Allan Nathan Kaufman, Professor of Physics at UC Berkeley, passed away peacefully on December 2, 2022 in Moraga, California. He was 95.
Allan was born in Chicago, Illinois on July 21, 1927 to Millie and Justin Kaufman who emigrated from Germany in 1910. Allan attended Hyde Park High School from 1940-1944 and entered the University of Chicago in 1944. Allan’s college career included interruptions for service in the Navy and time oﬀ for self-study, and otherwise passed smoothly to graduate school and a thesis in meson-nucleon theory under the direction of Gregor Wentzel. At Chicago Allan met and worked with many of the great physicists of the era, including Enrico Fermi, and with many of the great names of the next generation, including Marvin Goldberger and many others. Allan received his Ph.D. from University of Chicago in 1953.
That year Allan took a position at the newly formed Livermore laboratory, and within two years had begun work on the Sherwood project, the program to develop controlled nuclear fusion. At Livermore Allan began a long career of fundamental contributions to theoretical plasma physics. In that period Allan met his wife-to-be, Louise Lazarus, marrying her in 1957.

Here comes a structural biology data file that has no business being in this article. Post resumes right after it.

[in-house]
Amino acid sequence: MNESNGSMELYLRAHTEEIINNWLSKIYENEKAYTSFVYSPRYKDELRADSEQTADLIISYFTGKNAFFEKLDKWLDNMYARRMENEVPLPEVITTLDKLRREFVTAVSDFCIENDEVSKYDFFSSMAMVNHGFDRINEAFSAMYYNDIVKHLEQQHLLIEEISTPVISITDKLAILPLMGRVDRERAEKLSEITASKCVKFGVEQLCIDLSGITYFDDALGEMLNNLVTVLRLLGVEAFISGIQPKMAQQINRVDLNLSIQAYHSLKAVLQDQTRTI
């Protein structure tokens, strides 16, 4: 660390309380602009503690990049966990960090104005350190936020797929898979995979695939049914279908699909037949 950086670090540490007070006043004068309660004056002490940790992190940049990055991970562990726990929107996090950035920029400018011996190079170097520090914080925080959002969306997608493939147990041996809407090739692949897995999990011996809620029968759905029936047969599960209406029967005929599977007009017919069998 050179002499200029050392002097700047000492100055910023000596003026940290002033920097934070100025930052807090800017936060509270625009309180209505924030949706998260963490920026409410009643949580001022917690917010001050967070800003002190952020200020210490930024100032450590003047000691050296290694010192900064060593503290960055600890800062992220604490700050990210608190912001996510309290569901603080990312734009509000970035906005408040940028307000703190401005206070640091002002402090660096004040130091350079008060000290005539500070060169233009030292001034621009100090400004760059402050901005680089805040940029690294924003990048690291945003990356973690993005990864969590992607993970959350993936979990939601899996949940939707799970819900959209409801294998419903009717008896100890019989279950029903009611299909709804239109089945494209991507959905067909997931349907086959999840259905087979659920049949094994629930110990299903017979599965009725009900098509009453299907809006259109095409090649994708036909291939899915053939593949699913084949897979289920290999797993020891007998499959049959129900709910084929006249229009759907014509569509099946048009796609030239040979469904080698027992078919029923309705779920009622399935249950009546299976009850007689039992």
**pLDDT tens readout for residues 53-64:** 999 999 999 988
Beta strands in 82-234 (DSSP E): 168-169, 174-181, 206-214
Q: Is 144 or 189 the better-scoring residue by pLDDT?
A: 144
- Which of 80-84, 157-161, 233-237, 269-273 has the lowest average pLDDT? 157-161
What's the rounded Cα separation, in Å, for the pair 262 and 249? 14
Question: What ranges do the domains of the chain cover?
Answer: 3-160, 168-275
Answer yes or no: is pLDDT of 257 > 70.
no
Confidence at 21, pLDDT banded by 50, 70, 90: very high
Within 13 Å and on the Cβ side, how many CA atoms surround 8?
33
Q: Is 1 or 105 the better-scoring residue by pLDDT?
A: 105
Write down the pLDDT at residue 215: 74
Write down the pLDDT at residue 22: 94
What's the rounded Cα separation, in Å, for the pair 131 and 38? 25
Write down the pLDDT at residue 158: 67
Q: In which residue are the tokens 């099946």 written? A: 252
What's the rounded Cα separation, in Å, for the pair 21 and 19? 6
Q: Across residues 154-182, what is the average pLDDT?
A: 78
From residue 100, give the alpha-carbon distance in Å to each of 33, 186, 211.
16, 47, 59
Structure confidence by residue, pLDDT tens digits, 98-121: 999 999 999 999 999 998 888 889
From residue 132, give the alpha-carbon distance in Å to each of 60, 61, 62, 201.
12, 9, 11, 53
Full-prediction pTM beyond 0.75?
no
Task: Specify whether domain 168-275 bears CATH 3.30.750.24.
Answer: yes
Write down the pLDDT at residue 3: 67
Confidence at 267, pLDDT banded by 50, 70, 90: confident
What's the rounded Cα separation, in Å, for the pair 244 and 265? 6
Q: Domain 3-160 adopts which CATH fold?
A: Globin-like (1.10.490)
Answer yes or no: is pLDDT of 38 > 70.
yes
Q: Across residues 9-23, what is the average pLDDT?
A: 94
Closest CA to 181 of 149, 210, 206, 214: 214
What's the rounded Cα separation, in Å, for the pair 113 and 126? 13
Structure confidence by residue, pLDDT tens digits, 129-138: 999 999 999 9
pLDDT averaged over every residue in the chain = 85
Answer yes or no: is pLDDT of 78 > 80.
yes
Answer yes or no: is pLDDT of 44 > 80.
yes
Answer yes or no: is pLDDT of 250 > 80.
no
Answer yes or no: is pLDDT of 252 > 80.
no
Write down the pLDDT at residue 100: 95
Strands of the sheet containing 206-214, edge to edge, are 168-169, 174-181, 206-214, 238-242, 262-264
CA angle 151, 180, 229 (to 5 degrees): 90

Allan started teaching at Berkeley in 1959, striking up collaborations with Ken Watson and others. He joined the faculty in 1965. Among his ﬁrst graduate students were Chuan Liu and Ron Davidson, the ﬁrst of many outstanding students who went on to become major ﬁgures in the ﬁeld of plasma physics.
Professor Kaufman made seminal contributions in plasma physics, speciﬁcally in the areas of wave chaos, wave kinetic equations, ponderomotive eﬀects, quasilinear diﬀusion and mode conversion in nonuniform plasmas. For many of these topics, he was one of the ﬁrst in the plasma community to contribute. For others, Allan’s contributions are often considered to be among the clearest or most insightful. Further, he was often responsible for keeping plasma physics “out front” among the other ﬁelds of physics, developing ideas and tools that have since been adopted by others. In some cases other ﬁelds have yet to catch up. Professor Kaufman became Emeritus in 1998.
Professor Kaufman’s wife, Louise Lazarus Kaufman, passed away in October of 2011. He is survived by his daughter, Janet Kaufman, son-in-law Tom Adza, his son Joel, and grandson Aaron.